AFTER THE U.S. HOUSING CRASH BEGAN in 2007, the media often made comparisons with the Dutch tulip mania of 1637, one of the first and most dramatic speculative bubbles in the Western world.

A different Dutch craze of that era — for lavish dollhouses, displayed by and for adults — also holds a powerful lesson. In both financial and emotional terms, these grownup toys were the real precursor to our recent obsession with house and home.

In the Dutch Golden Age, a new and powerful merchant class emerged with the birth of speculative capitalism. Between 1608 and the 1660s, the Netherlands became the richest nation the Western world had ever seen…

 

 


Avidly.org“The Princess Phase,” Avidly.org

SOMEHOW, AT THE RESTAURANT, my daughter pitches face-first off the toilet with her tights down around her ankles. She scrapes her chin and busts open her little lip. In her Cinderella dress, she is a shocked and wailing ball of glittering blue tulle and silver sparkles. I gather her up and try to dab at her lip with a wet paper towel. Even through her sobs, she is a little bit proud that she’s bleeding. She doesn’t want me to wipe away the blood. Just her tears.

The maitre’d, far from giving me grief for carrying a sobbing child back into her dining room, asks if there’s anything she can do. Would I like some ice? This is Disneyland, after all. They know how to treat a crying princess.

My four year-old is squarely inside the Princess Phase…

 

 


n+1

 

“I’m From I’m From Rolling Stone,” n+1

ONE OF MY WEIRDEST MOMENTS at the MTV offices in Santa Monica, California, came when I overheard two people trying to resolve a question about “lay” and “lie.”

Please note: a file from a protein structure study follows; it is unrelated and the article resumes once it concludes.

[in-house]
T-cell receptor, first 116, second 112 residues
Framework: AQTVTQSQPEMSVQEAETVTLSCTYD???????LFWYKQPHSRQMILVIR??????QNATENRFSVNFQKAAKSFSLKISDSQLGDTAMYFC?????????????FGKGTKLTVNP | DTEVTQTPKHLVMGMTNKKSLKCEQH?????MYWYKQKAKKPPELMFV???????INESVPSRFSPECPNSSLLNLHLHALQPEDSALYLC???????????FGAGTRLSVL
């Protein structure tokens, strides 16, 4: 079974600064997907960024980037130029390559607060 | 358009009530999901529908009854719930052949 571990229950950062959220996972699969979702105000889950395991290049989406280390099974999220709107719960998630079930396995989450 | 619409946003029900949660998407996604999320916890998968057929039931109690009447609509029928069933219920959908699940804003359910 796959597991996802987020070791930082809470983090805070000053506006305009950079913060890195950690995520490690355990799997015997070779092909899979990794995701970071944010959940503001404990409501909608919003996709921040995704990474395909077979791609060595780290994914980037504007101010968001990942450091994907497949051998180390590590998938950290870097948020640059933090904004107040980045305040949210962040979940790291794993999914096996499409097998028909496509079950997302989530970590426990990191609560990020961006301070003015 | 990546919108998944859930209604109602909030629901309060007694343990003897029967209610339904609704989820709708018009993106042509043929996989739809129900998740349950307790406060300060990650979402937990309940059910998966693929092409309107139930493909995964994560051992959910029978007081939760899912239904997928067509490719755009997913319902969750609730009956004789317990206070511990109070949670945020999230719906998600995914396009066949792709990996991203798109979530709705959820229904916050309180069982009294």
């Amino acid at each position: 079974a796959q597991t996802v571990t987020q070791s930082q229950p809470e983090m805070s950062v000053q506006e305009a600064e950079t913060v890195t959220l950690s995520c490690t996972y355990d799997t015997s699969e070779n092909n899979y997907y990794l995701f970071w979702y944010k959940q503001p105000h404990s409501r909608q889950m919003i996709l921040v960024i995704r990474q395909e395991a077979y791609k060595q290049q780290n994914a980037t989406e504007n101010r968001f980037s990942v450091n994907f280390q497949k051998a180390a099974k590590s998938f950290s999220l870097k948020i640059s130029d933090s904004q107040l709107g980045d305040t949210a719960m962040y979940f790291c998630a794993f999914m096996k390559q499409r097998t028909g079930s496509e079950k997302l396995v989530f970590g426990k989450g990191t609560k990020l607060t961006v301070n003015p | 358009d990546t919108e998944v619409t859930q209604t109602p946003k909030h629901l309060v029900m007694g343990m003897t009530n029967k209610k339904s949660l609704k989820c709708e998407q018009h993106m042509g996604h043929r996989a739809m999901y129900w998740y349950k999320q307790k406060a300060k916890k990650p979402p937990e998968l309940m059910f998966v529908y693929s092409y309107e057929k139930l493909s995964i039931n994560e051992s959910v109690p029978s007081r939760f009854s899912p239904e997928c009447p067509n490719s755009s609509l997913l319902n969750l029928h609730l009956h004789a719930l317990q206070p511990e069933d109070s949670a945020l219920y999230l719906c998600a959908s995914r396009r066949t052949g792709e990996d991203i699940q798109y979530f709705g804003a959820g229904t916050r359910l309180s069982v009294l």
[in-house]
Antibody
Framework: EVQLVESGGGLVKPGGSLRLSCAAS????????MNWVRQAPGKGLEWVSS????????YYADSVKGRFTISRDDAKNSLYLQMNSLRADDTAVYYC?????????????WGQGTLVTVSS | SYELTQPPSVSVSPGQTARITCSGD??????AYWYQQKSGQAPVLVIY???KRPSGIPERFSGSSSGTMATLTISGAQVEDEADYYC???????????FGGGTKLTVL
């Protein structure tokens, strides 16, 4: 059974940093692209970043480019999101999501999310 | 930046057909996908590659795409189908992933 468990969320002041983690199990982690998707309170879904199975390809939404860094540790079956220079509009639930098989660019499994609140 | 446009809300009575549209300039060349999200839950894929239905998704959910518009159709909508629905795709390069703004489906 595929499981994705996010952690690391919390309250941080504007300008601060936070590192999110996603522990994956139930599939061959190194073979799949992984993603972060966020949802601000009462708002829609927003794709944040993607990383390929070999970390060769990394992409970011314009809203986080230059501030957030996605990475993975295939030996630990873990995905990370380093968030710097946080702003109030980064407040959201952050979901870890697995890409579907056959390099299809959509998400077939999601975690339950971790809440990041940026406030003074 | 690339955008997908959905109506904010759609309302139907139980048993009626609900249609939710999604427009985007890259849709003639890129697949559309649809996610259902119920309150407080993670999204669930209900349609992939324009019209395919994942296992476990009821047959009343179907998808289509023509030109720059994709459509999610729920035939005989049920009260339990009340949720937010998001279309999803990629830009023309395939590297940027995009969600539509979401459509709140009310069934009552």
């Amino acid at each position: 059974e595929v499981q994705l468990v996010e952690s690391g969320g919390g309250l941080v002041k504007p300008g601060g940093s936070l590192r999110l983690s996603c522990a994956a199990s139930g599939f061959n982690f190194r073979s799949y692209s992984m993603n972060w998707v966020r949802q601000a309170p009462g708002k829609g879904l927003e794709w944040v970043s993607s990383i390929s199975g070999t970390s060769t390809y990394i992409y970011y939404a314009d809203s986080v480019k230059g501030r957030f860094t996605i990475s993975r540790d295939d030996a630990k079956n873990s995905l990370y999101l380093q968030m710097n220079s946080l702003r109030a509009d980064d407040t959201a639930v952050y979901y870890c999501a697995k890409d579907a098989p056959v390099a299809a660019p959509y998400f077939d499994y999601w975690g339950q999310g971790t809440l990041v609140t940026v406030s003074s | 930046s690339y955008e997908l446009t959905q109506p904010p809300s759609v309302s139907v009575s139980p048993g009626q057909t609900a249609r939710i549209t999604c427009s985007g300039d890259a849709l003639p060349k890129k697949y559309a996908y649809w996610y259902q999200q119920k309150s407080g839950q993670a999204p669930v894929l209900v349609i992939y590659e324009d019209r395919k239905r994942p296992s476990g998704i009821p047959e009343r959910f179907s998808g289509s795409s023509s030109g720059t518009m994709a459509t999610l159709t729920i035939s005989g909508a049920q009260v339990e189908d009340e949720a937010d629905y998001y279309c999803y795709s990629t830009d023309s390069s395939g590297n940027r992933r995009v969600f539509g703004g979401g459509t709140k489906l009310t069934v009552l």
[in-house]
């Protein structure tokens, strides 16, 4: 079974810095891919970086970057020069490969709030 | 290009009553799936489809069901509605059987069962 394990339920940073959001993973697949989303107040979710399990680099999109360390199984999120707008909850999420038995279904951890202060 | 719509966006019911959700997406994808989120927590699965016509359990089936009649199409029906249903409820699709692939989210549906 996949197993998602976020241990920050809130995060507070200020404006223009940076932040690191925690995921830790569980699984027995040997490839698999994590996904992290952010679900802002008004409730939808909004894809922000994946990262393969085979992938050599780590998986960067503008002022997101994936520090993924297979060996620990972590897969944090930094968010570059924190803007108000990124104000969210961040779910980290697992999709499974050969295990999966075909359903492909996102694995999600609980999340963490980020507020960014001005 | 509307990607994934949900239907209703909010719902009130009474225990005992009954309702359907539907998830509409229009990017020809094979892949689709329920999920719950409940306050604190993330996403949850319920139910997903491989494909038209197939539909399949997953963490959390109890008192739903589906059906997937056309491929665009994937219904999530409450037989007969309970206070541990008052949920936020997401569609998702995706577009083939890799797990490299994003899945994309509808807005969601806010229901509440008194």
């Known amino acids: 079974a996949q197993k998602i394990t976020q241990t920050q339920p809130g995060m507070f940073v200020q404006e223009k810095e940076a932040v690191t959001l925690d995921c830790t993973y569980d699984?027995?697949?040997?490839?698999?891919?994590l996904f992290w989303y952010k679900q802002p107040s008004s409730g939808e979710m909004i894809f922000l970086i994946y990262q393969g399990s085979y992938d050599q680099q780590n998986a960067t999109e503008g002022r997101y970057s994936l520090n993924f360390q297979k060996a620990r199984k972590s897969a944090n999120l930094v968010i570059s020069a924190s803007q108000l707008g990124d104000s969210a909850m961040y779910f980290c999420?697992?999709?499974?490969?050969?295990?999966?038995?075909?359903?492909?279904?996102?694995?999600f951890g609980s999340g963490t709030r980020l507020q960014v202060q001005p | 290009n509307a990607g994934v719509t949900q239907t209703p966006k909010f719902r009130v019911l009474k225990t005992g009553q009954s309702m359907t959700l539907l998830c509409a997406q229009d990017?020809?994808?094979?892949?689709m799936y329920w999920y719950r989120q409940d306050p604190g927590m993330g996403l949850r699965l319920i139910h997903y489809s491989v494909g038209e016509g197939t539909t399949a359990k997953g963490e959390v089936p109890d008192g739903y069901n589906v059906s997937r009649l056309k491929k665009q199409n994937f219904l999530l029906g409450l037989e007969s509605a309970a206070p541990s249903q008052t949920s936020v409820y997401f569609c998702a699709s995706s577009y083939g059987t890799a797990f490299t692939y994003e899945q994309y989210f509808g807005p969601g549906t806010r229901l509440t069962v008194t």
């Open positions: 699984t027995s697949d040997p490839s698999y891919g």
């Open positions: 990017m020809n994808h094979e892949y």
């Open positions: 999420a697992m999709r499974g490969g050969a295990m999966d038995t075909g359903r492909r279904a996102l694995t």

Because I was in the midst of helping to cast the reality TV show I’m from Rolling Stone, because I was waist-deep in application essays from people who couldn’t tell “night” from “nite,” I ran to the rescue. I was here to help! The man and woman sat at a cluster of computers in the large back area known as “the bay,” their screens facing out toward the ring of office doors all around them. I had walked by this island of terminals on arrival and assumed it was temporary, a floating setup. Everything on the first floor of the MTV offices looked a little bit temporary…

 

 

 


The Boston Phoenix“Total Kombat,” The Boston Phoenix

FRANK BLACK’S MOTHER is standing with the palm of her hand pressed to her chin, her fingers covering her mouth as if to keep herself from crying out. “This is like high school,” she says, shaking her head, “like when he played sports in high school.”

Inside a hangar-like garage in Pawtucket, Rhode Island, her son is about to compete before a crowd of 700 people, including about 70 of Frank’s friends, co-workers, and gym buddies, as well as his mom and his wife, Tracy.

This is not high-school football, or even boxing. Black is the 12th fight on the card in a sport called vale tudo, a Portuguese phrase meaning, unfortunately for Frank’s mom, “anything goes…”